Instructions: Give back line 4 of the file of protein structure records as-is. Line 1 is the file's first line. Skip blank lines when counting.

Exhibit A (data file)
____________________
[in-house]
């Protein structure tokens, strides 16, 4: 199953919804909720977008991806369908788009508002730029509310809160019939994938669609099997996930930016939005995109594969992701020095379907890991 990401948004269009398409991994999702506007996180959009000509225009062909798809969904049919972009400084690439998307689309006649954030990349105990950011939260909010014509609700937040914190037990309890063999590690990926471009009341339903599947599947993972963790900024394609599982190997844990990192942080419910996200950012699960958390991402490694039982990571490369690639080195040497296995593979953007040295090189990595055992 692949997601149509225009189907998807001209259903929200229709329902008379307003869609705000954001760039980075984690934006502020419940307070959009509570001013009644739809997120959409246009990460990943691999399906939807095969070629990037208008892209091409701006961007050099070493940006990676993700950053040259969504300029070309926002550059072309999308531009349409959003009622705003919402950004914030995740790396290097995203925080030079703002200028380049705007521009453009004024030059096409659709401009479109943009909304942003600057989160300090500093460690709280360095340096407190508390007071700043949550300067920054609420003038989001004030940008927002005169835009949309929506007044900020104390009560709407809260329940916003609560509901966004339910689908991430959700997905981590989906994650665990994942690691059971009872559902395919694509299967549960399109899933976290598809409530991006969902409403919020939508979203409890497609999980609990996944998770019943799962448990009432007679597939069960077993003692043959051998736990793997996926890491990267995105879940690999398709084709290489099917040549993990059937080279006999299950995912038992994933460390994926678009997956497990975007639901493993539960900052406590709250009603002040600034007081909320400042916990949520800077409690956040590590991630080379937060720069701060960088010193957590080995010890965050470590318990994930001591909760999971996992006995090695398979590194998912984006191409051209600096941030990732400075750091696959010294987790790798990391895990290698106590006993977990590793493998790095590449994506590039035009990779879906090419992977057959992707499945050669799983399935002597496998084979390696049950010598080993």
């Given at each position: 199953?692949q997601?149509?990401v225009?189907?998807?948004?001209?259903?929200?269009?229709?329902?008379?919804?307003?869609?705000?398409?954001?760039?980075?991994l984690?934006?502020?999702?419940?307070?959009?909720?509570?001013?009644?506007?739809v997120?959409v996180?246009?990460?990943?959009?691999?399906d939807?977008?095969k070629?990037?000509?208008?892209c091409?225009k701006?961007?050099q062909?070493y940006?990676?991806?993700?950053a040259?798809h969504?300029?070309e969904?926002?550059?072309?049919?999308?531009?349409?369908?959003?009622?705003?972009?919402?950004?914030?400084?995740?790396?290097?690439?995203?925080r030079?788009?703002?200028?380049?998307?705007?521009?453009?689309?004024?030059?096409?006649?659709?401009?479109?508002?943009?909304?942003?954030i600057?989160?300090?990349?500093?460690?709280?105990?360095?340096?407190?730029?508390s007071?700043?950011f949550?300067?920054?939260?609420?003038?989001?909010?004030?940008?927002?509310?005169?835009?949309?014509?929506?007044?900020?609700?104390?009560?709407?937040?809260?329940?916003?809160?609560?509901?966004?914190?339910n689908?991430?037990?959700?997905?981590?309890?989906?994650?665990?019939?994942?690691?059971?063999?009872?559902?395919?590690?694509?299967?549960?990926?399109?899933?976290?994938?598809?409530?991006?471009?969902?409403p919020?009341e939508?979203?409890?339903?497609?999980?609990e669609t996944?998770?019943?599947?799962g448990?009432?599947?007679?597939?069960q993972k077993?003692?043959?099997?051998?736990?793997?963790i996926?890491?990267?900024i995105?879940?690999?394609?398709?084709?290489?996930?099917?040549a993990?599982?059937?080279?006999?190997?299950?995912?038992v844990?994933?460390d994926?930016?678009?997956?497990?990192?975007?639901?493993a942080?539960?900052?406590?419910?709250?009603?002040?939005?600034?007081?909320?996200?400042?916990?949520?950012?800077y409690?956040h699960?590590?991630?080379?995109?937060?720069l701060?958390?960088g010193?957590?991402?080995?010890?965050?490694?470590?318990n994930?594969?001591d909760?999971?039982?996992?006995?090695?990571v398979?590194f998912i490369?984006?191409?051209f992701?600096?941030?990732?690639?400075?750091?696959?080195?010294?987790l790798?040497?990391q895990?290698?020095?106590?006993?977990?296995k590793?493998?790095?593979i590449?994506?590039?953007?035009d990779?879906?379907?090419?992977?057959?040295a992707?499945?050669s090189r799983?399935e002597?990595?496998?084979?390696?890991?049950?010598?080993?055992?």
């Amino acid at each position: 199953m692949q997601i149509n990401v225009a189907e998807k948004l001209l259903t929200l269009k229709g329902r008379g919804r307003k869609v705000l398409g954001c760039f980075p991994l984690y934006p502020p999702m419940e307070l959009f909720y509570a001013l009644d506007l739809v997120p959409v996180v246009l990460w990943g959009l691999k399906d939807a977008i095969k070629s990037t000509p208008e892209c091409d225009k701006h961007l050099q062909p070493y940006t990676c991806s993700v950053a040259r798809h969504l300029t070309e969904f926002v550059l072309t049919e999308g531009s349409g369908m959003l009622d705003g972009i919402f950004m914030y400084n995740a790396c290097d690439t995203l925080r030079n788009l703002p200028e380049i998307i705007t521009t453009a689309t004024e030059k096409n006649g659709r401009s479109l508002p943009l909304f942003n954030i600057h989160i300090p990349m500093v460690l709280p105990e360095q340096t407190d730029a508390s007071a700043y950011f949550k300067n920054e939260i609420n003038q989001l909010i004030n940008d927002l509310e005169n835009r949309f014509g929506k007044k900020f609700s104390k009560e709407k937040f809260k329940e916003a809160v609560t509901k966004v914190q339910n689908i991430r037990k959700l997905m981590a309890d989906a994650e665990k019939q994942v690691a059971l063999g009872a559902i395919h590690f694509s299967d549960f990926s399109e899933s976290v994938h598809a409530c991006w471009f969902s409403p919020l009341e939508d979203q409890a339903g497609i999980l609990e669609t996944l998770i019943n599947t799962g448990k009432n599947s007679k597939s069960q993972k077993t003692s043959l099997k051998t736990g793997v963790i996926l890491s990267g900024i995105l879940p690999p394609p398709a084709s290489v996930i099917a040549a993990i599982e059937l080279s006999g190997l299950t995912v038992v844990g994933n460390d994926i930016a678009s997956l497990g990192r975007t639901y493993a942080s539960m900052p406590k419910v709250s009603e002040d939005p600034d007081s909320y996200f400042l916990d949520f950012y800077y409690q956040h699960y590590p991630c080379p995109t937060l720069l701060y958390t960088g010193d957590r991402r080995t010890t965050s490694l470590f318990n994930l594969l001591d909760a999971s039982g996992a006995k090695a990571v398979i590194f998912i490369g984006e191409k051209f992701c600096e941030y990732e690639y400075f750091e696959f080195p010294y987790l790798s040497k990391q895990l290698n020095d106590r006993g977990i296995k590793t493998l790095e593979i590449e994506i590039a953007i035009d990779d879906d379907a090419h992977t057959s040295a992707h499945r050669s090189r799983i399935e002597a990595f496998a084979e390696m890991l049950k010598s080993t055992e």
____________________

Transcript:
């Amino acid at each position: 199953m692949q997601i149509n990401v225009a189907e998807k948004l001209l259903t929200l269009k229709g329902r008379g919804r307003k869609v705000l398409g954001c760039f980075p991994l984690y934006p502020p999702m419940e307070l959009f909720y509570a001013l009644d506007l739809v997120p959409v996180v246009l990460w990943g959009l691999k399906d939807a977008i095969k070629s990037t000509p208008e892209c091409d225009k701006h961007l050099q062909p070493y940006t990676c991806s993700v950053a040259r798809h969504l300029t070309e969904f926002v550059l072309t049919e999308g531009s349409g369908m959003l009622d705003g972009i919402f950004m914030y400084n995740a790396c290097d690439t995203l925080r030079n788009l703002p200028e380049i998307i705007t521009t453009a689309t004024e030059k096409n006649g659709r401009s479109l508002p943009l909304f942003n954030i600057h989160i300090p990349m500093v460690l709280p105990e360095q340096t407190d730029a508390s007071a700043y950011f949550k300067n920054e939260i609420n003038q989001l909010i004030n940008d927002l509310e005169n835009r949309f014509g929506k007044k900020f609700s104390k009560e709407k937040f809260k329940e916003a809160v609560t509901k966004v914190q339910n689908i991430r037990k959700l997905m981590a309890d989906a994650e665990k019939q994942v690691a059971l063999g009872a559902i395919h590690f694509s299967d549960f990926s399109e899933s976290v994938h598809a409530c991006w471009f969902s409403p919020l009341e939508d979203q409890a339903g497609i999980l609990e669609t996944l998770i019943n599947t799962g448990k009432n599947s007679k597939s069960q993972k077993t003692s043959l099997k051998t736990g793997v963790i996926l890491s990267g900024i995105l879940p690999p394609p398709a084709s290489v996930i099917a040549a993990i599982e059937l080279s006999g190997l299950t995912v038992v844990g994933n460390d994926i930016a678009s997956l497990g990192r975007t639901y493993a942080s539960m900052p406590k419910v709250s009603e002040d939005p600034d007081s909320y996200f400042l916990d949520f950012y800077y409690q956040h699960y590590p991630c080379p995109t937060l720069l701060y958390t960088g010193d957590r991402r080995t010890t965050s490694l470590f318990n994930l594969l001591d909760a999971s039982g996992a006995k090695a990571v398979i590194f998912i490369g984006e191409k051209f992701c600096e941030y990732e690639y400075f750091e696959f080195p010294y987790l790798s040497k990391q895990l290698n020095d106590r006993g977990i296995k590793t493998l790095e593979i590449e994506i590039a953007i035009d990779d879906d379907a090419h992977t057959s040295a992707h499945r050669s090189r799983i399935e002597a990595f496998a084979e390696m890991l049950k010598s080993t055992e």